Right off the bat, Sidney Harris makes it clear that he’s not a scientist. He’s a cartoonist who grew up in Brooklyn and drew for Playboy but also happens to know about neutrinos and the beginning of the universe. “I get the gist of it,” Harris says. “Neutrinos come from outer space. They go through everything, there’s a billion of them going through my hand right now…. Maybe?” He laughs, “I don’t know.”

Harris isn’t just any cartoonist. He’s drawn over 34,000 cartoons during his near 60-year career for magazines like American Scientist, The New Yorker, Discover and Science. And he’s published a handful of cartoon books covering a wide array of themes. His latest mocks America’s filthy food industry.

Cartoonists are dilettantes. “We know a little about a lot of things,” says Sam Gross, a cartoonist for The New Yorker who has known Harris for 50 years and still meets him for French food on 46th Street in Manhattan each week. “But with Sidney, as far as the science is concerned, he knows a lot more than a little bit.”

Now in his 80s (he won’t give his exact age) Harris claims that he has never held a real job. He recounts one bout of semi-employment with Rapid Messenger Service on 40th Street before he began cartooning. “I don’t know if you’d call it a job,” Harris says. “I don’t even know what was in the messages, I just delivered them.” He could only stand the position for a couple of weeks before quitting.

Nowadays, Harris pokes fun mainly at cosmology and the principles of physics. Although he claims he’s never taken a physics class, he retains a collection of elegant scientific facts (or rather, “factoids,” as he calls them). Factoid number one: An atom is mostly open space. He once read that if not for that space between the elementary particles in an atom, the Empire State Building would be the size of a pill. “This is made of atoms and it certainly seems solid,” Harris says, knocking his fist on a wooden desk.

Harris left the bustle of New York City 26 years ago and has lived in New Haven, Conn., ever since. His house here resembles a maze. The upstairs studio where he works is accessible from two different staircases, each lined with a hodgepodge of paintings and framed cartoons. The first upstairs room is littered with misplaced mail, pens without caps and baseball figurines. He calls his love for the Dodgers “sort of a religion.”

In the next room Harris plops into a chair in front of his desk and grabs a fountain pen. This is where he draws most every Saturday and Sunday. A college-ruled notebook sits on his desk, about a quarter full of cartoon ideas, with the first page reading: October 2011. “This is all I did in two years,” he says. “Pretty skimpy.” He has piles of these notebooks, dates scribbled across each cover going as far back as 1955.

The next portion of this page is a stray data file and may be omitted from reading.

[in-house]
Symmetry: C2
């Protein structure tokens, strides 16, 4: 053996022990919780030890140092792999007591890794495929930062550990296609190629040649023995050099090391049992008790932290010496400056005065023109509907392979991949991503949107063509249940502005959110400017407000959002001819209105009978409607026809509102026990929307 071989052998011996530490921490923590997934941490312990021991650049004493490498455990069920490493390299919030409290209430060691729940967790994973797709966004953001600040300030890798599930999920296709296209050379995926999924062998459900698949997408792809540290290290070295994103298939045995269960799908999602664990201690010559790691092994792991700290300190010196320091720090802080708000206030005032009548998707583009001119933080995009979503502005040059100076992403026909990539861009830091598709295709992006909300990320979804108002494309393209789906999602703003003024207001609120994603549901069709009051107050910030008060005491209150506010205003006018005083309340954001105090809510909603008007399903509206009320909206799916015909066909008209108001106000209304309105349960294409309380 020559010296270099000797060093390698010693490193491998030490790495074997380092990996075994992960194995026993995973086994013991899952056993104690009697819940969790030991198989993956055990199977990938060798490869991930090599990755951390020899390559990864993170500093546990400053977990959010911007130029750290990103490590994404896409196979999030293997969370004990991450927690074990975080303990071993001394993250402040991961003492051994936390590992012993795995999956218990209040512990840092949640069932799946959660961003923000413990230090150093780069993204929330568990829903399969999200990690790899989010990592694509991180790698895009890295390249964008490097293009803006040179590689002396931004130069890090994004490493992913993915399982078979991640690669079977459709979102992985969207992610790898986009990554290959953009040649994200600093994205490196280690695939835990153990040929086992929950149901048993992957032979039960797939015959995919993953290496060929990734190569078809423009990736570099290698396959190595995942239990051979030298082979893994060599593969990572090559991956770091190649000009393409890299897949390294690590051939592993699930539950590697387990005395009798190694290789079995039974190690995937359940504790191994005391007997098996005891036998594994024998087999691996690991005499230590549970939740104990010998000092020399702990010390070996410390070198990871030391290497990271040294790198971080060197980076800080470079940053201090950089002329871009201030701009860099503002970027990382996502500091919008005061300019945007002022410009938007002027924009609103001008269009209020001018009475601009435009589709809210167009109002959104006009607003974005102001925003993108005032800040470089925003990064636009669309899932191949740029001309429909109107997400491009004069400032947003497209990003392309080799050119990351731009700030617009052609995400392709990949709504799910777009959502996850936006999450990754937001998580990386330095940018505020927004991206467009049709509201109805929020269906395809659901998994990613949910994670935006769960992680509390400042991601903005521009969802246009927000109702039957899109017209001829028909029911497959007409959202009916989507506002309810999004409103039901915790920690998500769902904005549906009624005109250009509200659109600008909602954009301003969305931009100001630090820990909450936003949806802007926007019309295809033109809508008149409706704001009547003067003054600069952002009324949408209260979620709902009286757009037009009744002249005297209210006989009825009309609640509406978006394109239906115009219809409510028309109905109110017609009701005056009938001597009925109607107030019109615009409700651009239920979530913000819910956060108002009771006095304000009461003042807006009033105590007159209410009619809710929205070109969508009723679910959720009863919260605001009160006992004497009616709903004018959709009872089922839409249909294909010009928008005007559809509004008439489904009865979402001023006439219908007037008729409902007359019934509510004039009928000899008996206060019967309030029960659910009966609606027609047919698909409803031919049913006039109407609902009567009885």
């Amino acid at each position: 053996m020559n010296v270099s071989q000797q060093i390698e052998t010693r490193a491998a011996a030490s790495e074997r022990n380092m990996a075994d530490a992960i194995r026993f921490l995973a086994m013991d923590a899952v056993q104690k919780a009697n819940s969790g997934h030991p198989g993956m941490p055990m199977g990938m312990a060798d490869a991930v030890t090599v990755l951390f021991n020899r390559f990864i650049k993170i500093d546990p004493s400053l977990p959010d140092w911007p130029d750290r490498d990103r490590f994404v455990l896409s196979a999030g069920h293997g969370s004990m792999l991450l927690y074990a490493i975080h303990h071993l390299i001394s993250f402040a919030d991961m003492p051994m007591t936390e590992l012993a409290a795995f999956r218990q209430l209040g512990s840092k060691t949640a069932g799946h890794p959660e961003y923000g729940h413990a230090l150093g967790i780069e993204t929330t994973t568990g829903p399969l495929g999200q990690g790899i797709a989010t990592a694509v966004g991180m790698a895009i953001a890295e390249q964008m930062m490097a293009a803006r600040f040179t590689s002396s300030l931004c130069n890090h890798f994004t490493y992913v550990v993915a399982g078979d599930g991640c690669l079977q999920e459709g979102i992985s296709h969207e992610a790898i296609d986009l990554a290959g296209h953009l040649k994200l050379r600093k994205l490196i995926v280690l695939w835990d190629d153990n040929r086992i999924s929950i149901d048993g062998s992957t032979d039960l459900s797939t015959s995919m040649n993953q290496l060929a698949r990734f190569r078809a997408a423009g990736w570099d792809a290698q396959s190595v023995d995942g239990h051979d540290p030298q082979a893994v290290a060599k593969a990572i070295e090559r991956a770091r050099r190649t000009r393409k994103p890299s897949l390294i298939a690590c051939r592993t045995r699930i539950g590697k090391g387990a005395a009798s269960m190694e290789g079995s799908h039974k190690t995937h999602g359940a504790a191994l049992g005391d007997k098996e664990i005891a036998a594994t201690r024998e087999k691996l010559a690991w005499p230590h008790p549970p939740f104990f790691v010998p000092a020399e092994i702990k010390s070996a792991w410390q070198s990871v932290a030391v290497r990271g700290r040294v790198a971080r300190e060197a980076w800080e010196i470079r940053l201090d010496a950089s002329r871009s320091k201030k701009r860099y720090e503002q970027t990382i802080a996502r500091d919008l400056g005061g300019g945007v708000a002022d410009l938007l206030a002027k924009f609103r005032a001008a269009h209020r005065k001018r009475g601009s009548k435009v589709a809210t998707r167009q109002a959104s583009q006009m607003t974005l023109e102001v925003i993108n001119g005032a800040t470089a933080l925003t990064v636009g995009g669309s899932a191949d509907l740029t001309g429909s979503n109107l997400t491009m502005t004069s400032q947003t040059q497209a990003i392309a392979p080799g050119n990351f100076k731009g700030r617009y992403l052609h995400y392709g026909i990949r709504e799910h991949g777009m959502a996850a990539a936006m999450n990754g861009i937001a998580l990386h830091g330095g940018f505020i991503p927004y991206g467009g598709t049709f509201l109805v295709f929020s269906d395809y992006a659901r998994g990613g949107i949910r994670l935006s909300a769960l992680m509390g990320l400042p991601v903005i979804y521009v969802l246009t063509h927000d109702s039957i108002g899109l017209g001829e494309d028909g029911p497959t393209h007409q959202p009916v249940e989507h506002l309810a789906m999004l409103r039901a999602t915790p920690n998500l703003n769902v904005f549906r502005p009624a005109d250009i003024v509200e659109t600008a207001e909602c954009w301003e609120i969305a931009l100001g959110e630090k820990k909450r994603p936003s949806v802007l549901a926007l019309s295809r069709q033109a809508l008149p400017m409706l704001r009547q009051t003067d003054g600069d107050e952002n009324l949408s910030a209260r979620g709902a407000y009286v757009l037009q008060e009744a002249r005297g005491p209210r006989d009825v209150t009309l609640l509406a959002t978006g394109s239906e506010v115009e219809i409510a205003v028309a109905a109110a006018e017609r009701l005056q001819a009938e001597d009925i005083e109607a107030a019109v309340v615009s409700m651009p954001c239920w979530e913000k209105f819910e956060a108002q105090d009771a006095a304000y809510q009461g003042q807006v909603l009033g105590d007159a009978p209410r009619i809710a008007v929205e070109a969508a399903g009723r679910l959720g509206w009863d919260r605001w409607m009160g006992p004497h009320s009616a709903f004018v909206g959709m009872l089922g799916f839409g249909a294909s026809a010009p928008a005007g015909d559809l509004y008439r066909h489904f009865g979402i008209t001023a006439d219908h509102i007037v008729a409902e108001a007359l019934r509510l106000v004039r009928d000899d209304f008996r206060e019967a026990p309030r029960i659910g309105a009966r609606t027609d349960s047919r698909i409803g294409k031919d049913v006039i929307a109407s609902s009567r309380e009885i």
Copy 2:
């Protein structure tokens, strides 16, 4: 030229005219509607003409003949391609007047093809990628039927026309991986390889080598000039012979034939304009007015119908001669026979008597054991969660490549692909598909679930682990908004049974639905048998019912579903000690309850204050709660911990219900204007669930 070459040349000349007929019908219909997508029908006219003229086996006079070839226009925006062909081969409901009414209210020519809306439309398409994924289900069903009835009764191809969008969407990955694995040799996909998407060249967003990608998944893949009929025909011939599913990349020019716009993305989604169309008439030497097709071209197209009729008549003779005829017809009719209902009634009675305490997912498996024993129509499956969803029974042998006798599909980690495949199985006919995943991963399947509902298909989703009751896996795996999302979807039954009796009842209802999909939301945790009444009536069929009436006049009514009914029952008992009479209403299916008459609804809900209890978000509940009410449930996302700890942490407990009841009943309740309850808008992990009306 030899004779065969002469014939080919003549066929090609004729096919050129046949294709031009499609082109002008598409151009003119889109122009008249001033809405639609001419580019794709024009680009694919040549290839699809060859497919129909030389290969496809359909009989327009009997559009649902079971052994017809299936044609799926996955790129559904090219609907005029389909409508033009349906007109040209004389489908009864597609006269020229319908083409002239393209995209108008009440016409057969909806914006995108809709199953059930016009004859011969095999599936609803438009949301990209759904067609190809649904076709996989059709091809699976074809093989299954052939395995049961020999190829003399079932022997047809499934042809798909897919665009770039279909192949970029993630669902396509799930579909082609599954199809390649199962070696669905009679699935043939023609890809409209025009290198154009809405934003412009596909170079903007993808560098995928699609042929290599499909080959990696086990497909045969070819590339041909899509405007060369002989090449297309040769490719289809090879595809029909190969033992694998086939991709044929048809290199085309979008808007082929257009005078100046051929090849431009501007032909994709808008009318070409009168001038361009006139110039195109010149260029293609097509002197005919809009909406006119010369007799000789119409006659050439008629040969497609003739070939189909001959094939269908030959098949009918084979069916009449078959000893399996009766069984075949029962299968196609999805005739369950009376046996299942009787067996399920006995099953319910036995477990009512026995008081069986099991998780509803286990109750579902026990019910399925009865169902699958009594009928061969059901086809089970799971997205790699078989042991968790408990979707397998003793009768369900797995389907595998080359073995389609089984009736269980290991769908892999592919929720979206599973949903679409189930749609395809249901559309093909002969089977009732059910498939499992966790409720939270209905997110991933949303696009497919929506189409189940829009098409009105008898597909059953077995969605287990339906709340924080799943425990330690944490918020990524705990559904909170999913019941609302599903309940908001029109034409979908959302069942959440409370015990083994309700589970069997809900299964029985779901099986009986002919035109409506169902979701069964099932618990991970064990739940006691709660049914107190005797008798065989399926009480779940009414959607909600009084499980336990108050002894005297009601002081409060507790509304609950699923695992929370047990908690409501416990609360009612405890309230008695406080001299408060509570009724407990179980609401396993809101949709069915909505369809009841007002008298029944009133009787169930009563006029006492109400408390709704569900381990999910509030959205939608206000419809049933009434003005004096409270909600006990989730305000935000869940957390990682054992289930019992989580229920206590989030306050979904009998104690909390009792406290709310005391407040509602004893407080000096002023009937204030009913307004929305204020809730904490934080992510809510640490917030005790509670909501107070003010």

Gross says Harris’s work is so distinct that “he doesn’t even need to sign it.” His drawings employ minimal line work and are quite simple. Perhaps the most minimalist of all, “The Universe before the Big Bang” (shown “actual size”) is a single black dot in the middle of a white background; it appeared as a full page spread in the magazine Science 80 and was included in the second edition of his book, “Einstein Simplified.” In the midst of producing the book, the printer thought the dot was a smear and eliminated it. They printed 7,500 copies with the mistake, says Harris, and the publisher had to recall all of them and restamp every dot back onto each drawing. This finicky cartoon is the likely offshoot of Harris’s second-favorite factoid: before the big bang there was no such thing as space. “We just can’t understand that,” he says.

Though Harris wouldn’t call cartooning a passion, it’s not exactly work for him either. He says he just “knows how to do it,” so he does. In fact, his favorite part is coming up with the ideas themselves. “But the drawings. It’s like, ugh, I’ve got to do the damn drawing now,” he admits.

If Harris were ever to have a “real job” he might be a file clerk. “I’m so good at organization,” he says. And it’s easy to see: All of Harris’s drawings are cleverly archived by cartoon subject in a stack of file cabinets within his studio.

Looking through these cabinets of old cartoons, Harris admits that he doesn’t remember most of them. Despite the frustration, Harris can’t help but be entertained by, and even a little in awe of, his own age. He points to an archived photo of himself in his 20s, then quickly yanks up a shirtsleeve—“See! I still have black hair”—drawing attention to the dark hair on his forearm, in contrast to the white hair on his head. He looks astonished: “Isn’t that interesting? I find that amazing.”

And perhaps it’s just this that keeps Harris young at heart: his relentless ability to be amazed. Harris jumps to factoid number three: “Matter is solidified light. I don’t get it. But isn’t that wonderful, if it’s true?” (Editor’s note: It is not true.)

This article is provided by Scienceline, a project of New York University's Science, Health and Environmental Reporting Program.